Confirm the apparent sender really is sending from the right email address (e. g., firstname.lastname@example.org if you know that’s John’s address). In Gmail, you can do that by opening the email, clicking the down-arrow in the upper right corner, and selecting “Show original” to find the “From:” line. But just because a message comes from someone you know, that doesn’t mean it’s safe to open links in it. Your friend’s email account may have been compromised, spewing malicious emails to all of his or her contacts. (See “use the phone” above.)
Hover over an email link, and its full URL should appear. Does it lead to where it should, based on where the email seems to originate? An alert from Netflix.com should not steer you to a page hosted on some other website. When in doubt, don’t click a link in an email. Instead, go directly to the site via a browser bookmark, or by manually entering the URL.
Beware of email subjects that urge you to take action immediately. Phishers don’t want you to take time to think, or to research their bogus domains. “Panic” or alarm makes people act hastily, so it’s no surprise that the most successful phishing email subject lines include “SECURITY ALERT,” “REVISED VACATION & SICK LEAVE POLICY,” “PASSWORD CHECK REQUIRED IMMEDIATELY,” and the straightforward “URGENT ACTION REQUIRED.” The use of all-caps is deliberate, as it induces the adrenaline rush that comes with being shouted at.
Be careful with shortened URLs. Text messages that contain short URLs are another type of phish that targets mobile devices. Much to my alarm, I cannot find any simple way to preview the full URL represented by a shortened URL such as https://goo.gl/uNEbdN or http://bit.ly/2iT3S5y — it just takes me directly to its target, which may be a phishing trap. (Those examples are both shortcuts to AskBobRankin.com.) (You can do a “long press” on the message, then select “Copy text” and paste the URL into CheckShortURL.com/, but that’s a bit tedious.)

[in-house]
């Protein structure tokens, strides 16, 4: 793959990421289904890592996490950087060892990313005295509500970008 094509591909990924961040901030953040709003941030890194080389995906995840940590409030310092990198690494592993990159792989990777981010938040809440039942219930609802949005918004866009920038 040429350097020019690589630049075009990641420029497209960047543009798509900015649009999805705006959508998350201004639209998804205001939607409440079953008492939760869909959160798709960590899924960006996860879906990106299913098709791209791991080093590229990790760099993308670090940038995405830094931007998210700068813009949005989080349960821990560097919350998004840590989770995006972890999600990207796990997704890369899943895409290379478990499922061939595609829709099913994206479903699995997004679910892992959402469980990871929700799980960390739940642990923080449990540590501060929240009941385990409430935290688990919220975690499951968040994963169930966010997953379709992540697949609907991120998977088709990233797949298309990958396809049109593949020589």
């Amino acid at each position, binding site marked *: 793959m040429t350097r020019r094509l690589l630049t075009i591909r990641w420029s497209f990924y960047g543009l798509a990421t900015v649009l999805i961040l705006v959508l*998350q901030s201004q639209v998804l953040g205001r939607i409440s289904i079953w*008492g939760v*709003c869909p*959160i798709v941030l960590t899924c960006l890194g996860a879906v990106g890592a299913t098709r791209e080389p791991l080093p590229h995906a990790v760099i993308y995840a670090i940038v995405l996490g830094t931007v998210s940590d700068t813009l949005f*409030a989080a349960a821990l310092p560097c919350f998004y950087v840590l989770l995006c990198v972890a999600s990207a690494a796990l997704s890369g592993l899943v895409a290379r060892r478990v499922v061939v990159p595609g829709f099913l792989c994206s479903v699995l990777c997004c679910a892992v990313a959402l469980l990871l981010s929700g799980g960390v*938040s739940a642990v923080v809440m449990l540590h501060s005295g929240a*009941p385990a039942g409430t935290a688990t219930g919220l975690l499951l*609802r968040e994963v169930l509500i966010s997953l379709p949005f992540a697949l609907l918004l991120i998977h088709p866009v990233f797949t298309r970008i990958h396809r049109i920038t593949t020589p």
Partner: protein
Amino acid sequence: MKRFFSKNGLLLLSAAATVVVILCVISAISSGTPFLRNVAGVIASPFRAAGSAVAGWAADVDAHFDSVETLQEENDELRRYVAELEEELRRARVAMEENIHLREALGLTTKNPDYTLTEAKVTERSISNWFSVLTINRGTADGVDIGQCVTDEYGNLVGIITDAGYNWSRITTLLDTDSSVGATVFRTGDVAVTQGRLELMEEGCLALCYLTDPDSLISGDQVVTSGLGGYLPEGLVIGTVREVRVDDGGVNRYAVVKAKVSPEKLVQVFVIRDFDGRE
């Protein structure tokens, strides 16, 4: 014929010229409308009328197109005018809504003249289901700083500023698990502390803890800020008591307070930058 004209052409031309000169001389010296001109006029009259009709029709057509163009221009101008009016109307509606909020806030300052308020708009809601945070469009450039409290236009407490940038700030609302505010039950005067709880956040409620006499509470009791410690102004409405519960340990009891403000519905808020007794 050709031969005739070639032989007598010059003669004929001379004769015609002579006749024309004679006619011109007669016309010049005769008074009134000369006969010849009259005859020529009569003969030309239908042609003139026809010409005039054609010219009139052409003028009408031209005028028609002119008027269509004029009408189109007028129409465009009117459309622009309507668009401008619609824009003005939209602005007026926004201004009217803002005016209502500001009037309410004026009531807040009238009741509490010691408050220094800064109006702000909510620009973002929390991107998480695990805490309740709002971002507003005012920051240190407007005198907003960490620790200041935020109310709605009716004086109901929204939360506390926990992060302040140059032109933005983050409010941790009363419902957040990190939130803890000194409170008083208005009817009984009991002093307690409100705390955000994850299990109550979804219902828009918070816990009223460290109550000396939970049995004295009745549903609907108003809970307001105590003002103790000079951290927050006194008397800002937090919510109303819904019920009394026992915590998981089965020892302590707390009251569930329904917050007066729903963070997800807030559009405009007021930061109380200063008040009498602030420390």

Let’s Review Some Perennial Favorite Holiday Phishing Scams
The fake invoice: invoices are hardly surprising during the busy shopping season, especially if it seems like something you’d buy as a gift. You may be inclined to click to see exactly what you’re being asked to pay, but that click may lead to a malicious download.
Shipping status notifications: a “click here to learn about the delay in your shipment” often works.
Unbelievable bargains, or even believable ones, appeal to greed, which is always unthinkingly in a hurry to be satisfied. “Hurry, only one hour left!” “Last one, on sale for 90% off!” is another good one.
Fake surveys promise some sort of reward for completing them. They start out innocently, asking reasonable questions about your shopping habits. But the questions get more and more personal, leading to requests for your name, address, phone number, and even credit card data (to defray shipping charges). If the questions get personal, it’s time to stop. Let that “reward” go.
Bottom line: Bad guys are getting better at evading all sorts of anti-phishing defenses, and at crafting bait that people will take. Ultimately, the best defense is your own thinking skills and common sense.
Have A Great Week and Be Safe This Holiday Season!
Deuce Marjeta and The Zi Staff